The younger Downey had appeared in some of his dad’s movies as a kid, but he started garnering the world’s attention thanks to films like “Weird Science.” And then he was picked for “Saturday Night Live.” Downey and many of his fellow cast members were dismissed after one season. Sometimes, “SNL” makes bad decisions about who gets cut from the show—Downey would be the first to admit his firing was not one of those instances. “I learned so much in that year about what I wasn’t,” he’d say later. “I was not somebody who was going to come up with a catchphrase. I was not somebody who was going to do impressions. I was somebody who was very ill-suited for rapid-fire sketch comedy.” 

Still, Downey found the energy of live comedy exhilarating, adding, “You get a lot of cred just for being able to even participate in that level of real-time stress and excitement.”

By the late 1980s, he was a legitimate star, his good looks and smart-ass demeanor utilized in romantic comedies like “The Pick-up Artist” and “Chances Are.” (Considering his role in “Oppenheimer,” it’s amusing to point out that Downey played Albert Einstein in the 1989 mockumentary “That’s Adequate.”) But the most pivotal movie was “Less Than Zero,” an adaptation of the Bret Easton Ellis novel that saw him play Julian, a drug addict in a downward spiral. His performance was gripping, but Downey all-too-closely identified with the character.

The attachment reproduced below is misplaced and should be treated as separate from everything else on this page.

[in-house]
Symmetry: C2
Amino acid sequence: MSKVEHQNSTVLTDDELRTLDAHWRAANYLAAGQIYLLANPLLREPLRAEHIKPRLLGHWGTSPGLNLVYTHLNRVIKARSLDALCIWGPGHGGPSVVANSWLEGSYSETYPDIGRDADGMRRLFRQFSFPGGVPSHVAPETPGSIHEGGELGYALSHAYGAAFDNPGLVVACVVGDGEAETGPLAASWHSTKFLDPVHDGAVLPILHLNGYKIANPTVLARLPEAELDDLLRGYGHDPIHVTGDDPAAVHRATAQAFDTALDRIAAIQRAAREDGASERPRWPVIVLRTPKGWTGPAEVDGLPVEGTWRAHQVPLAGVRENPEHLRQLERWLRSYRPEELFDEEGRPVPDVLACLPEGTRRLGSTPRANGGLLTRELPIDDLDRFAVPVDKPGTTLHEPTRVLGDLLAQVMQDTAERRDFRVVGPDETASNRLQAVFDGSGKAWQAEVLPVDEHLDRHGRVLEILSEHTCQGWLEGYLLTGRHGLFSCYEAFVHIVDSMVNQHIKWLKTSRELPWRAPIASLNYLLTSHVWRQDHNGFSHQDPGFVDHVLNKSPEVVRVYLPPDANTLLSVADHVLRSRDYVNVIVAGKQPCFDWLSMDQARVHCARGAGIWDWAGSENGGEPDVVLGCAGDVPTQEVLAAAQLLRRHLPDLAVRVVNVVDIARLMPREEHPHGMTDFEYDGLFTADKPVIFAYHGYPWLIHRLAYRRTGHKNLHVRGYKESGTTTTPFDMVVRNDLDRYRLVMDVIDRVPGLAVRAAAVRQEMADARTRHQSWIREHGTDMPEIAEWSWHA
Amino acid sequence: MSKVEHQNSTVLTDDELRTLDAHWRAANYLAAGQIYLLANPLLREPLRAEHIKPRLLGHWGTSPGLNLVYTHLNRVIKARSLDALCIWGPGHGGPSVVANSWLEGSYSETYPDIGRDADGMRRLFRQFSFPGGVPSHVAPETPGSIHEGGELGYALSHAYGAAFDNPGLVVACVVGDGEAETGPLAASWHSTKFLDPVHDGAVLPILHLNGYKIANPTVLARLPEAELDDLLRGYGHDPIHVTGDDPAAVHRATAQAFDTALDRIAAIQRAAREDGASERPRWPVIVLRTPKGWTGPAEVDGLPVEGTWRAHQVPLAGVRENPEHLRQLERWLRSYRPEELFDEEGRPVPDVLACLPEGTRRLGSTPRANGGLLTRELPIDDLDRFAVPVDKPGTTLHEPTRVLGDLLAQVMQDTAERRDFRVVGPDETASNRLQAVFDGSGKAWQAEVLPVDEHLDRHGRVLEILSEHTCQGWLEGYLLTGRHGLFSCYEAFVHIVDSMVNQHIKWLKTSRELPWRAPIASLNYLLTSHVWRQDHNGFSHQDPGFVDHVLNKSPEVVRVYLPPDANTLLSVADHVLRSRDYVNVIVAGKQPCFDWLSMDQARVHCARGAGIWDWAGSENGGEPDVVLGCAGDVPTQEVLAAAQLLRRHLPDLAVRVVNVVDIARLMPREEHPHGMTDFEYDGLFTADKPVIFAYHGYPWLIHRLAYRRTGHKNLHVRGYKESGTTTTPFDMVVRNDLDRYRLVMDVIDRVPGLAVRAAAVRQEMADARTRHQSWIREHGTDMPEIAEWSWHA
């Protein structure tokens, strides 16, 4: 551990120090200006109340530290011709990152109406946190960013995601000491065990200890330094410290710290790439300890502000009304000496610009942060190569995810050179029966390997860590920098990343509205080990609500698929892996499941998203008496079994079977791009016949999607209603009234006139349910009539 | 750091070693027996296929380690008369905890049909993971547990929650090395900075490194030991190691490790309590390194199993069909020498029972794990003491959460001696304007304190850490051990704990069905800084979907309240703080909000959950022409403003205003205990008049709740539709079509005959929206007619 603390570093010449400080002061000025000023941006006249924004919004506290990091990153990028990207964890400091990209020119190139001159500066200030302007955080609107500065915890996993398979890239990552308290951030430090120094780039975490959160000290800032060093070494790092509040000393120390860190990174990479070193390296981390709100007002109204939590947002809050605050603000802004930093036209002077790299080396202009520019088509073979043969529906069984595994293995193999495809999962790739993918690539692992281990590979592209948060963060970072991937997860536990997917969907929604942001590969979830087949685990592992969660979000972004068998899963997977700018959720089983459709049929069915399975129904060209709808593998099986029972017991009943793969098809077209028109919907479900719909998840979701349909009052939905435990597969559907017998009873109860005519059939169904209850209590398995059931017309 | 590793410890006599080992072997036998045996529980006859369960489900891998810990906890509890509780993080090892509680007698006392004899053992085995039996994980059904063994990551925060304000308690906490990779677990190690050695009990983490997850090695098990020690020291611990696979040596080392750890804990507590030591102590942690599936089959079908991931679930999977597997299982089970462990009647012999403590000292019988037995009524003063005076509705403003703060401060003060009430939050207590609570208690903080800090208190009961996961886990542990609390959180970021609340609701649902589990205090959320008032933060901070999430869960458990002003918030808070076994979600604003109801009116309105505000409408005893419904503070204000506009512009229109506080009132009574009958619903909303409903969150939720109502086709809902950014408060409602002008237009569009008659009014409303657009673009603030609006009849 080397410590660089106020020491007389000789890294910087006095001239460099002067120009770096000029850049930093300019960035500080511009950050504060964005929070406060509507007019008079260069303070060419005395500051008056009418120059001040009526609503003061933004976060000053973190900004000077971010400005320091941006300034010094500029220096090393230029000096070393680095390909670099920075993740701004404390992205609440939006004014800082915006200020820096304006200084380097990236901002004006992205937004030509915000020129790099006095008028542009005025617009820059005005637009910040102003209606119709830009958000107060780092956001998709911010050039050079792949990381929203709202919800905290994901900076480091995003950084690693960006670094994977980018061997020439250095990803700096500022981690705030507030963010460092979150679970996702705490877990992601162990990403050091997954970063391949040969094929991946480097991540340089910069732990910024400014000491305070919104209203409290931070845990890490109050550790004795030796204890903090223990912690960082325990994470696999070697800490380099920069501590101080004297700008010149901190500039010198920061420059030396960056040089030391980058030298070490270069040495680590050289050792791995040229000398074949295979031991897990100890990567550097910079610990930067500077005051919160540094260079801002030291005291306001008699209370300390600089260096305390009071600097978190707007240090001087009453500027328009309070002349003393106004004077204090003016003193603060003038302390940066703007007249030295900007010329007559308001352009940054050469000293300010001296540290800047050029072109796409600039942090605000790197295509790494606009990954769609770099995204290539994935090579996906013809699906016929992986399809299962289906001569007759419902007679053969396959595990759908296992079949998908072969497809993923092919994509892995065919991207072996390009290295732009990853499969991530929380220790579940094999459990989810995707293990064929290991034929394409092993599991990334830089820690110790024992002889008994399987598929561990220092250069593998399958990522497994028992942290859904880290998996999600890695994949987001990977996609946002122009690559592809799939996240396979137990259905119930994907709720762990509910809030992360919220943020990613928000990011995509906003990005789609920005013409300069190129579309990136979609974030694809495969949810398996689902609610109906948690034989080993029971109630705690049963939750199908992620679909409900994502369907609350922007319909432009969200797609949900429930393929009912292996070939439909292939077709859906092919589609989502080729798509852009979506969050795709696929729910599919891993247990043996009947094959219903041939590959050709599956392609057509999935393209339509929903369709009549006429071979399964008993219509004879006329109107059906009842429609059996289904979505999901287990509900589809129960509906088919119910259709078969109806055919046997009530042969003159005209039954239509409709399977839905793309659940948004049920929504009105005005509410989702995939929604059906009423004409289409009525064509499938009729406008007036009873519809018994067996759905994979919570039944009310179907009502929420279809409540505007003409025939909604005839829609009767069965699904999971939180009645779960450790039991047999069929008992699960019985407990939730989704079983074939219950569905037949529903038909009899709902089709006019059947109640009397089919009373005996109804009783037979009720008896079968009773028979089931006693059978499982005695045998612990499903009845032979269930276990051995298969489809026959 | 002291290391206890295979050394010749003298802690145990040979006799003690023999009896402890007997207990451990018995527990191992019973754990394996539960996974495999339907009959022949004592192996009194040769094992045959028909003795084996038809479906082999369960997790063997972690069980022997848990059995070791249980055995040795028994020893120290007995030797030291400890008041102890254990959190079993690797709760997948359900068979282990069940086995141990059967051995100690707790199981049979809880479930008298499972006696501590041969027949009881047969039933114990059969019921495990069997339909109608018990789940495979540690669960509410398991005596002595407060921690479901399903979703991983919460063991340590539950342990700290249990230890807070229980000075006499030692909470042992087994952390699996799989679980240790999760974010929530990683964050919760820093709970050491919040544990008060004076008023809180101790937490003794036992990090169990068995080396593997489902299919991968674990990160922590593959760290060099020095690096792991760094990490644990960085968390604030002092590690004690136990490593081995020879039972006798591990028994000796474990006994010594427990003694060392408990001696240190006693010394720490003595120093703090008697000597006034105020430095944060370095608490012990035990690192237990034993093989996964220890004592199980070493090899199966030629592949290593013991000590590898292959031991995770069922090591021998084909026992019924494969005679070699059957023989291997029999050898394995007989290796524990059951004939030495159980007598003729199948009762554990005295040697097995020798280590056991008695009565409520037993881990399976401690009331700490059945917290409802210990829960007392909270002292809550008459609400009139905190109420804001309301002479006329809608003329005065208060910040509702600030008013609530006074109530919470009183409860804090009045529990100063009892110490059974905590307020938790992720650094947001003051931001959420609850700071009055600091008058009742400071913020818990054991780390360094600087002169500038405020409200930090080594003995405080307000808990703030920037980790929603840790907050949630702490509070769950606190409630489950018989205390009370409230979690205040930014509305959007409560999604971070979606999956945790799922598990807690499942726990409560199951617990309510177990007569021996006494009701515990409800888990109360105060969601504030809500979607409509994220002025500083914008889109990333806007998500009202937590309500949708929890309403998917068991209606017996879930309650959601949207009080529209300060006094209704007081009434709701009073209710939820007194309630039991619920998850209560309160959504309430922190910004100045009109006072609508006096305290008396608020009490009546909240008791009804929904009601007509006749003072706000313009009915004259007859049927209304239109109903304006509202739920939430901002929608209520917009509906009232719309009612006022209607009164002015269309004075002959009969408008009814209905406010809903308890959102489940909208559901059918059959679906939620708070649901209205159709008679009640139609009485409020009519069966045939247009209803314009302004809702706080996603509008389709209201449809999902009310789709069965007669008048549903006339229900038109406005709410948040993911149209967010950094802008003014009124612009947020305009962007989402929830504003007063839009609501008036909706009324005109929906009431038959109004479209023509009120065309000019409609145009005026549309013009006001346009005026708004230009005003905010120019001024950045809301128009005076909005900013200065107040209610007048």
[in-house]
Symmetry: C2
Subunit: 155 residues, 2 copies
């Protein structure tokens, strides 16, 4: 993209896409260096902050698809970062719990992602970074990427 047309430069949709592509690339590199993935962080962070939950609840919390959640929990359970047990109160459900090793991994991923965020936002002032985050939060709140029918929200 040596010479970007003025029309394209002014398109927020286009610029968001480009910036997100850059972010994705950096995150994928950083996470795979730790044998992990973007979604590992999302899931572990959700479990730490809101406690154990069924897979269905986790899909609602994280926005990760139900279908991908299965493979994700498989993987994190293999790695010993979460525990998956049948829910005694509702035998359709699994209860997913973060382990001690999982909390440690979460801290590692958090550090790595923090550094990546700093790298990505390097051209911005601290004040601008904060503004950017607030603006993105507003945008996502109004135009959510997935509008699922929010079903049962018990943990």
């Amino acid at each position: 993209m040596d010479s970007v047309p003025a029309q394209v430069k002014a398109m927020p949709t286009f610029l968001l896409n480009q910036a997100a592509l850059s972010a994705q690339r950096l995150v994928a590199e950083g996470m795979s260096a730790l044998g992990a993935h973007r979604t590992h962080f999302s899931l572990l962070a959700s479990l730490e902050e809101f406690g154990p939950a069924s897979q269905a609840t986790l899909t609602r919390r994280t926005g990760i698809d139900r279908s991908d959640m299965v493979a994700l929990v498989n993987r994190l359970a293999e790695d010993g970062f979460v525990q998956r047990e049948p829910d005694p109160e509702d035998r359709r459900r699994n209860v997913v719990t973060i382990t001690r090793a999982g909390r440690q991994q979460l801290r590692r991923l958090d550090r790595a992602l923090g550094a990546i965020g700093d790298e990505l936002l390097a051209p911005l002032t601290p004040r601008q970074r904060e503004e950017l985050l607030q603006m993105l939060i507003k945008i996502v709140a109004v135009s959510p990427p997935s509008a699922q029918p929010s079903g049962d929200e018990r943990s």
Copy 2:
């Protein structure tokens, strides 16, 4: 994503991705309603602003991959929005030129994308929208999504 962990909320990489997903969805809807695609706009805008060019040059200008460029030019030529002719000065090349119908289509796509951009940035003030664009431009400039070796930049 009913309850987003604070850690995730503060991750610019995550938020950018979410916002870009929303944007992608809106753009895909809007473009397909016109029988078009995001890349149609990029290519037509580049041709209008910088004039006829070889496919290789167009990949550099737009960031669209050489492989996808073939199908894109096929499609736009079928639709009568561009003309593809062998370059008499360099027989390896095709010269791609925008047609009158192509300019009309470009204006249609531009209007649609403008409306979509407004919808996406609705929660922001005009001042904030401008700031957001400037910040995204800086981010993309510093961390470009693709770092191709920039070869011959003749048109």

“Until that movie, I took my drugs after work and on the weekends,” he’d say later. “Maybe I’d turn up hungover on the set, but no more so than the stuntman. That changed on ‘Less Than Zero.’ … [T]he role was like the ghost of Christmas future. The character was an exaggeration of myself. Then things changed and, in some ways, I became an exaggeration of the character. That lasted far longer than it needed to last.”

Downey’s career continued to blossom in the 1990s: Beyond “Chaplin,” he was superb in Robert Altman’s ensemble piece “Short Cuts” and suitably unhinged in Oliver Stone’s combustible “Natural Born Killers.” On screen, he seemed willing to do anything—not bug-eyed crazed like Nicolas Cage but rippling with immediacy and unpredictability—but his drug use was increasingly becoming an issue. Sarah Jessica Parker, whose seven-year relationship with the actor ended in 1991, later admitted of their time together, “It taught me how I love and what’s the difference between loving and taking care of people and what’s necessary and what grown-ups should and shouldn’t do for one [another]. And maybe it taught me a little bit about being a parent, too, because … the way I cared for Downey were things that might be more suitable for a parent.” 

It wasn’t just girlfriends who were concerned: In an interview with Oprah Winfrey, Downey recalled working on 1995’s “Home for the Holidays,” director Jodie Foster taking him aside and saying, “You know you’re doing great on this film, and I know that you’re loaded, too. … I’m worried about you. Not on this one, because we’re almost done and you’re going to be okay, and I know you have a really strong work ethic and you’re kind of like a lab rat. You’re really resilient. That’s not a good thing in this situation. I’m worried about you for the next movie.”